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Northwestern will present a new challenge

After picking up its first victory of the season, and rather convincingly, Salisbury is hoping to make it back-to-back wins on Friday night. It would even its record at 2-2 just as the Falcons pass the midway point of 2020.

But the task ahead is a difficult one. Salisbury will once again be back under its own stadium lights on Friday, but it will play host to one of the league’s top teams in Northwestern (3-1). The road to a .500 record is a tough one, but head coach Andy Cerco and the Falcons, who defeated Pen Argyl last week, will give it their best shot.

Junior quarterback Justin Holmes leads Northwestern’s offense, which averages 399 yards per game and erupted for 540 in last week’s 57-28 romp of Palmerton. That 540-yard outing was the second most in program history. And the offense is a balanced attack: 201.5 rushing yards and 197.5 passing per game.

Holmes is at the center of both threats. He’s completed 37 of 74 passes for 790 yards and 11 touchdowns through the air this season, including a 262-yard, three-touchdown effort against the Blue Bombers.

But maybe what is even more impressive is his ability to be a threat as a runner. He scored four more times on the ground against Palmerton last week, and gained 173 yards on 16 carries (9.5 average). He’s the Tiger’s leading rusher on the season with 436 yards and eight touchdowns on 58 carries, all team-highs.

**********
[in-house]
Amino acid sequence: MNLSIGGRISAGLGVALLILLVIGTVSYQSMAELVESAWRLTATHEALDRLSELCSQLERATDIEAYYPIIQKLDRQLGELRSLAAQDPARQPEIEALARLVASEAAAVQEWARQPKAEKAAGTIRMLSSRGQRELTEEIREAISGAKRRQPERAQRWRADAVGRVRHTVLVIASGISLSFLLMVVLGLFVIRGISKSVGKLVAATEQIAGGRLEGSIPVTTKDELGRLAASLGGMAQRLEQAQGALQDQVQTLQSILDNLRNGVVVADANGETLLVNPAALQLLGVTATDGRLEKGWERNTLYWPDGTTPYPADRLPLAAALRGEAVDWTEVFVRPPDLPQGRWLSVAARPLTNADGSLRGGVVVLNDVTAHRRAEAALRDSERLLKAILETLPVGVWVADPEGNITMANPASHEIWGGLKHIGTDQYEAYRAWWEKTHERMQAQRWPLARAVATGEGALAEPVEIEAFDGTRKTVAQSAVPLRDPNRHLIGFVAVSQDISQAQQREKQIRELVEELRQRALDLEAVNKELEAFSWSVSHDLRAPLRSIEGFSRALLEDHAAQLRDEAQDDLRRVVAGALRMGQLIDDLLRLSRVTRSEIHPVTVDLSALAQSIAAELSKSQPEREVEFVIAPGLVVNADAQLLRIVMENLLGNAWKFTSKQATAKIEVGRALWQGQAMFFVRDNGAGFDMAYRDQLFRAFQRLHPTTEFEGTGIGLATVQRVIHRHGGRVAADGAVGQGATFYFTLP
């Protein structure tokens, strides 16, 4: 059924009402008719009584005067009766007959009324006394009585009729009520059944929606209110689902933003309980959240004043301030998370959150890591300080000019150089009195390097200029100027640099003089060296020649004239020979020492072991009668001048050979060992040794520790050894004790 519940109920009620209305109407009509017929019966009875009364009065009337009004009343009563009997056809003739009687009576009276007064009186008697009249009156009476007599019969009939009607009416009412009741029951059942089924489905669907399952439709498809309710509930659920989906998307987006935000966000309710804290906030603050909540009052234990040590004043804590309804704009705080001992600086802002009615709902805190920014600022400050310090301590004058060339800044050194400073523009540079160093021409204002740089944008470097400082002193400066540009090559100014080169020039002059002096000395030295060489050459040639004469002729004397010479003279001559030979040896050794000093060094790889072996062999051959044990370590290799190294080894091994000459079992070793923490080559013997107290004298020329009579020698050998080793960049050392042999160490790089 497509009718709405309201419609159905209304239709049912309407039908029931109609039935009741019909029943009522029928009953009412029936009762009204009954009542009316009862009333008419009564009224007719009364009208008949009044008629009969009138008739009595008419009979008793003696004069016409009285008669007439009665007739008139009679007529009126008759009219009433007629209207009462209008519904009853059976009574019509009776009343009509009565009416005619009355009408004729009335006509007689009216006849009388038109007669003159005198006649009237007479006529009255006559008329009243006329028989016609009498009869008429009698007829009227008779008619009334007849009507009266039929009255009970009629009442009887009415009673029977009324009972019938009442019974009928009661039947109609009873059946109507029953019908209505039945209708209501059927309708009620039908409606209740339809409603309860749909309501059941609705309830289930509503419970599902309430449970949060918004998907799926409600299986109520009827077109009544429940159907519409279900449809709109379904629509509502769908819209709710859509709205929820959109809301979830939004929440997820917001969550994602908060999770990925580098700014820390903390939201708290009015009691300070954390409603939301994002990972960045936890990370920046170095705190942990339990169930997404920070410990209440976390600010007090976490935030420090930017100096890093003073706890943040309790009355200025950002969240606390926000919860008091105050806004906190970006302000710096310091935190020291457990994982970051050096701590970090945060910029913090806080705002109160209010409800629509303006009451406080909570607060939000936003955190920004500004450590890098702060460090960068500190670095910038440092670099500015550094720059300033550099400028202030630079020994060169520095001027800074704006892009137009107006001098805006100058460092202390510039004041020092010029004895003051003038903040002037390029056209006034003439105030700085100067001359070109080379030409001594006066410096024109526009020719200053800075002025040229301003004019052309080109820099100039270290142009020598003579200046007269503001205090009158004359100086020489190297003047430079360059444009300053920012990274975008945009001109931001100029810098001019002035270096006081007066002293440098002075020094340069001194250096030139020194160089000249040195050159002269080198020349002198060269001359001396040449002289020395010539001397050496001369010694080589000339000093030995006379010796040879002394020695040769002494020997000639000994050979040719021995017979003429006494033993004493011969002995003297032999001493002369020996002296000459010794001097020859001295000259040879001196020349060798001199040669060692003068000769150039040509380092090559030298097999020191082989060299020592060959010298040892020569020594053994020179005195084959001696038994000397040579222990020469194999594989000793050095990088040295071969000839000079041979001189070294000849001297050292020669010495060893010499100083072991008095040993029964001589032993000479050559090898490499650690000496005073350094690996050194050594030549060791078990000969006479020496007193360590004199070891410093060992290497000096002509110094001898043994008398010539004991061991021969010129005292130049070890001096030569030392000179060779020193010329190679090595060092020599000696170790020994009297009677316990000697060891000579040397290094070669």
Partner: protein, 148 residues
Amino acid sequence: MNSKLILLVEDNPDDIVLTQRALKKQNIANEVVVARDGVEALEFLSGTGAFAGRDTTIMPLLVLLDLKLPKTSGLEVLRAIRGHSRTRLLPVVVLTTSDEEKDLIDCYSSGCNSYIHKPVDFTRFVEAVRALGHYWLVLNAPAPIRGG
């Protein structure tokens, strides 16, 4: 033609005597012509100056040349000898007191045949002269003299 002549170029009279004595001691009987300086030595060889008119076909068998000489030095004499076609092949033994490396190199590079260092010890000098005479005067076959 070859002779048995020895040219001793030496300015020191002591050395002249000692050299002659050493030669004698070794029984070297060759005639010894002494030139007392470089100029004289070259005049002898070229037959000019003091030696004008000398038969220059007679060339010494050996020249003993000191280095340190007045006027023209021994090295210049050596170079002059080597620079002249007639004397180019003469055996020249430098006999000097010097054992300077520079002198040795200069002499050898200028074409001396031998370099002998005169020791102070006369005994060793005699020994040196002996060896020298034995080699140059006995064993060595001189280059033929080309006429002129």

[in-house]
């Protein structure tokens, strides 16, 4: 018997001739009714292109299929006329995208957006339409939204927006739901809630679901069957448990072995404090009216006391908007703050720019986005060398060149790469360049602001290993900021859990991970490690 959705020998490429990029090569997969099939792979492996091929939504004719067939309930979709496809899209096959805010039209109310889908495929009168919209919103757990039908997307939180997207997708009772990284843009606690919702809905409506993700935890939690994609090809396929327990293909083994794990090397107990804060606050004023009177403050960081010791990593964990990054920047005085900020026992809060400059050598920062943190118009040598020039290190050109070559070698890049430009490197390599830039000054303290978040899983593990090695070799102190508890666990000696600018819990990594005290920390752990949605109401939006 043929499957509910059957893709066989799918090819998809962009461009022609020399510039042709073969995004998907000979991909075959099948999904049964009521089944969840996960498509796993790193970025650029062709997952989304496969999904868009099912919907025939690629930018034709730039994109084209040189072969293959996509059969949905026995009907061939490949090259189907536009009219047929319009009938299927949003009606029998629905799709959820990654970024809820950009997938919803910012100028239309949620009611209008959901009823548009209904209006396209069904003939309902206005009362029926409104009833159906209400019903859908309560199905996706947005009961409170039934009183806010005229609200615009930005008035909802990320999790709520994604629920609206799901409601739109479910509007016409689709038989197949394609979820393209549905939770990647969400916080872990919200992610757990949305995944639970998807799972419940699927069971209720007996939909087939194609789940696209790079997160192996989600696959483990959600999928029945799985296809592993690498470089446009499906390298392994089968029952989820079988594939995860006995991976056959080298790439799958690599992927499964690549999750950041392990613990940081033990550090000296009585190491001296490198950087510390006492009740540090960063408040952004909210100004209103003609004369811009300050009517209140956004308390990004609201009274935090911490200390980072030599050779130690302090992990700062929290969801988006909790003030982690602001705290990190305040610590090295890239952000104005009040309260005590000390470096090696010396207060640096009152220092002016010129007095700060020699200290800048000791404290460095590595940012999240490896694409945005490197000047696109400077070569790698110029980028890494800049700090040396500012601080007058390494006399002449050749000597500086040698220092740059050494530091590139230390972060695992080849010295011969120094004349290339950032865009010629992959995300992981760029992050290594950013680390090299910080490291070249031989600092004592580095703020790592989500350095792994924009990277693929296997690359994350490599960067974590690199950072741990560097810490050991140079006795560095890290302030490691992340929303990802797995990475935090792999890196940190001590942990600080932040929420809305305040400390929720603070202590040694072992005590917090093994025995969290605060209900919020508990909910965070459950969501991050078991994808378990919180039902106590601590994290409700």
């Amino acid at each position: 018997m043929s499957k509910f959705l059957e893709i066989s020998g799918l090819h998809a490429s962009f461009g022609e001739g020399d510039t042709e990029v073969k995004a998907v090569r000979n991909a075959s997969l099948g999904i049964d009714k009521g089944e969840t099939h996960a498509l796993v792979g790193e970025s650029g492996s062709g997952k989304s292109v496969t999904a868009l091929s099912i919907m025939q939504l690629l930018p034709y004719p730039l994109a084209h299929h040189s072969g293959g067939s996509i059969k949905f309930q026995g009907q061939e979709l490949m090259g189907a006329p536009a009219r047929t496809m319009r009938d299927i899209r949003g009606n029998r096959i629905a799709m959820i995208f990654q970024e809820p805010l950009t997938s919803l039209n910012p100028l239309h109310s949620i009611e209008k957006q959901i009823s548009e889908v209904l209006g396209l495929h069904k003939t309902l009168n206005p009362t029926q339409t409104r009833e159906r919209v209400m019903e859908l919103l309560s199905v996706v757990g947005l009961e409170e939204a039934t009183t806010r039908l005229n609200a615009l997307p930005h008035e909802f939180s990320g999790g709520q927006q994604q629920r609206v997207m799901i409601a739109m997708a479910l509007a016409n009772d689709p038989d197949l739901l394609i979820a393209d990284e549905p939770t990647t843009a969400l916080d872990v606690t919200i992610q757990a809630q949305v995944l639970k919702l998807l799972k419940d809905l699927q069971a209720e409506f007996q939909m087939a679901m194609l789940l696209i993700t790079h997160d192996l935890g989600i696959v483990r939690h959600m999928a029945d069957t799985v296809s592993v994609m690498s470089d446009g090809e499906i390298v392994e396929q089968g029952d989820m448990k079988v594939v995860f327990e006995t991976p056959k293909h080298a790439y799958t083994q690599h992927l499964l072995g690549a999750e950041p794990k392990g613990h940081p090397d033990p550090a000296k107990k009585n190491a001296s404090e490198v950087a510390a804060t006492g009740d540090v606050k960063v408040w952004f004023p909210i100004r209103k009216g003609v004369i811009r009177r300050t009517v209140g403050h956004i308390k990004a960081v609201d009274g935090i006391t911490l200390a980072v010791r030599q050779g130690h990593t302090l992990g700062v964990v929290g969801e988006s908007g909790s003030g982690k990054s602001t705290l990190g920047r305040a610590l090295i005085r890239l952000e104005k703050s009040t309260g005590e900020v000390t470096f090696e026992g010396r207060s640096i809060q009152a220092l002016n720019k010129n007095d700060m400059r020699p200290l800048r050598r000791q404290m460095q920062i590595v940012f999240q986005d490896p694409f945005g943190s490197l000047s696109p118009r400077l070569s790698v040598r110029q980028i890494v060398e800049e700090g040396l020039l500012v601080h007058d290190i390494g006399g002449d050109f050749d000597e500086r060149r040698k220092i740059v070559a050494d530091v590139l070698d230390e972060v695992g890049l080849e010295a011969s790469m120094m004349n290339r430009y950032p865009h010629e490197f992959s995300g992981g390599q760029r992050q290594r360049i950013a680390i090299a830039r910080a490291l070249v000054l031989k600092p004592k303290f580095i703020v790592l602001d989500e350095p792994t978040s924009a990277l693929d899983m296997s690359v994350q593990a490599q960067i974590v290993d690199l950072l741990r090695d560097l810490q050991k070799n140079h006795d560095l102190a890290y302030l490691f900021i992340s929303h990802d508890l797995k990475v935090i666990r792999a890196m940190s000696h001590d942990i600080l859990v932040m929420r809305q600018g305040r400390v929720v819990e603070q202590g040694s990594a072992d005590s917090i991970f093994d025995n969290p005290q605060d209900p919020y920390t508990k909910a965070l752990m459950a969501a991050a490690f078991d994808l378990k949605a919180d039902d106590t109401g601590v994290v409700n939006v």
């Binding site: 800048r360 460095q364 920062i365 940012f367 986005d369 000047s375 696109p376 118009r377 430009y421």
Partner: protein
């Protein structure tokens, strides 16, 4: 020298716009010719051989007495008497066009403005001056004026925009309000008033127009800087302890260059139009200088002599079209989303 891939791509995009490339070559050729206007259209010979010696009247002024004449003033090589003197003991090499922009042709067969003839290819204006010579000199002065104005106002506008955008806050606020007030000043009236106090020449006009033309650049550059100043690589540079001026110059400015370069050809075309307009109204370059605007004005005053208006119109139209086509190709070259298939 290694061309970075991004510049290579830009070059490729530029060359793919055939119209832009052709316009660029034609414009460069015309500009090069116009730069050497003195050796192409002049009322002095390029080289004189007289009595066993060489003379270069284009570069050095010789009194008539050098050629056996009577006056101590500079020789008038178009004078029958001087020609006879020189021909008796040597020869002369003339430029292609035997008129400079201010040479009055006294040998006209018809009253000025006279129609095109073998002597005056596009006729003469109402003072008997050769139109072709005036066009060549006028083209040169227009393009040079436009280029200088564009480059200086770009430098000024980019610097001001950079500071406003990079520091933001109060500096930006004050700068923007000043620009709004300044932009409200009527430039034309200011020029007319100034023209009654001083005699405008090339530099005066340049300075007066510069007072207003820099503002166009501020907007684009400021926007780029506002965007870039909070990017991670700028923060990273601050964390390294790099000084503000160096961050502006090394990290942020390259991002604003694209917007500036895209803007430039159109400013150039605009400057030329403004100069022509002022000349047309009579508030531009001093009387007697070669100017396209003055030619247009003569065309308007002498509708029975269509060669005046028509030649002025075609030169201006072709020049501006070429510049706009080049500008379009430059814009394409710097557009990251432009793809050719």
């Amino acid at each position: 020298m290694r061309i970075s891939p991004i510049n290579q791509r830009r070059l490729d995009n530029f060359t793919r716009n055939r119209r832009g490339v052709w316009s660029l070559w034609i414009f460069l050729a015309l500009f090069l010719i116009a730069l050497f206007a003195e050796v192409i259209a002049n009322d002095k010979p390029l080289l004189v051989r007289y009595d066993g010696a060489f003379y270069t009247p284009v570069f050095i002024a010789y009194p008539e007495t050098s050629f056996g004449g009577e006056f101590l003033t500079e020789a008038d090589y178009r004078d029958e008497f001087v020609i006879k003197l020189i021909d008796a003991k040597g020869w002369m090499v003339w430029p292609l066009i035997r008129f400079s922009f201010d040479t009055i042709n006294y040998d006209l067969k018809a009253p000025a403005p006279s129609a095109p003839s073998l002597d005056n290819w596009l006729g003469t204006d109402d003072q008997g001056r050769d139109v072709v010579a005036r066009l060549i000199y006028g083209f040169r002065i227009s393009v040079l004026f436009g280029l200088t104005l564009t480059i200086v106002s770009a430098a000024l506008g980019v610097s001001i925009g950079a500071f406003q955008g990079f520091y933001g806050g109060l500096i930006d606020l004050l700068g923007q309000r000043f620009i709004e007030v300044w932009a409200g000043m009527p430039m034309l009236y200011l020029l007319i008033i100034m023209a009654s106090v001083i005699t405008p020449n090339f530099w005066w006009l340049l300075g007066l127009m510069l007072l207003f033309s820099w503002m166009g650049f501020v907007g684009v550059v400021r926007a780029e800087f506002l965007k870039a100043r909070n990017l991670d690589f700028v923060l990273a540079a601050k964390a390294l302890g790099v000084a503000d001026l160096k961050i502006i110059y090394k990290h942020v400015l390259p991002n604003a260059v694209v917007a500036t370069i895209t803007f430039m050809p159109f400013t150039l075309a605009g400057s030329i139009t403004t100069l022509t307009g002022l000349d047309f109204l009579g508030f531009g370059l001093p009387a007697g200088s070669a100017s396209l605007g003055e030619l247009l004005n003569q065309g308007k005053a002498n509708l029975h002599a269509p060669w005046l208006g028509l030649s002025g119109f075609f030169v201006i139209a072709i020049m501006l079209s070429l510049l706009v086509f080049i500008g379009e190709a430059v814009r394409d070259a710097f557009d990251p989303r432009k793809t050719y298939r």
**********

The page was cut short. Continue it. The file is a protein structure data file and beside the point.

Holmes totaled over 400 yards of offense against Palmerton a week ago. He’s also the Tigers’ main punt and kick returner.

The Tigers’ offense has plenty of other weapons. Out of the backfield is senior running back Nick Henry. His 251 rushing yards and three touchdowns provide a sold one-two punch for Northwestern. He’s also caught 12 passes for 192 yards and another score for the Tigers.

Justin Rodda, a senior wide receiver, is another playmaker at Northwestern’s disposal. He’s caught 11 passes for 213 yards (second on team) and four touchdowns through four games, and has ran for 150 more yards and two scores. He’s another one of those gifted dual threat athletes that can beat opposing defenses in multiple ways.

Rounding out Northwestern’s aerial attack is sophomore Cade Christopher. He has only caught six passes through four games, but all have ended up in the end zone as touchdowns for the young playmaker. His 289 yards is tops on the team, good for a 48.2 yards-per-catch average.

Defensively, many of the same names highlight the Tigers’ unit that has allowed 32 points and 351 yards per game. A main piece is senior defensive end Owen Coffield, who leads the Tigers in tackles (24 solo) tackles for loss (8) and pass break-ups (2). Junior defensive back Taylor Wikert is a strong piece to the Tigers’ secondary with 15 tackles, four interceptions and two pass break-ups.

Henry (14 tackles, 4 tackles for loss), Rodda (13 tackles) and Reed Conrey (12 tackles, 1 sack) are also a few of the Tiger’s top tacklers.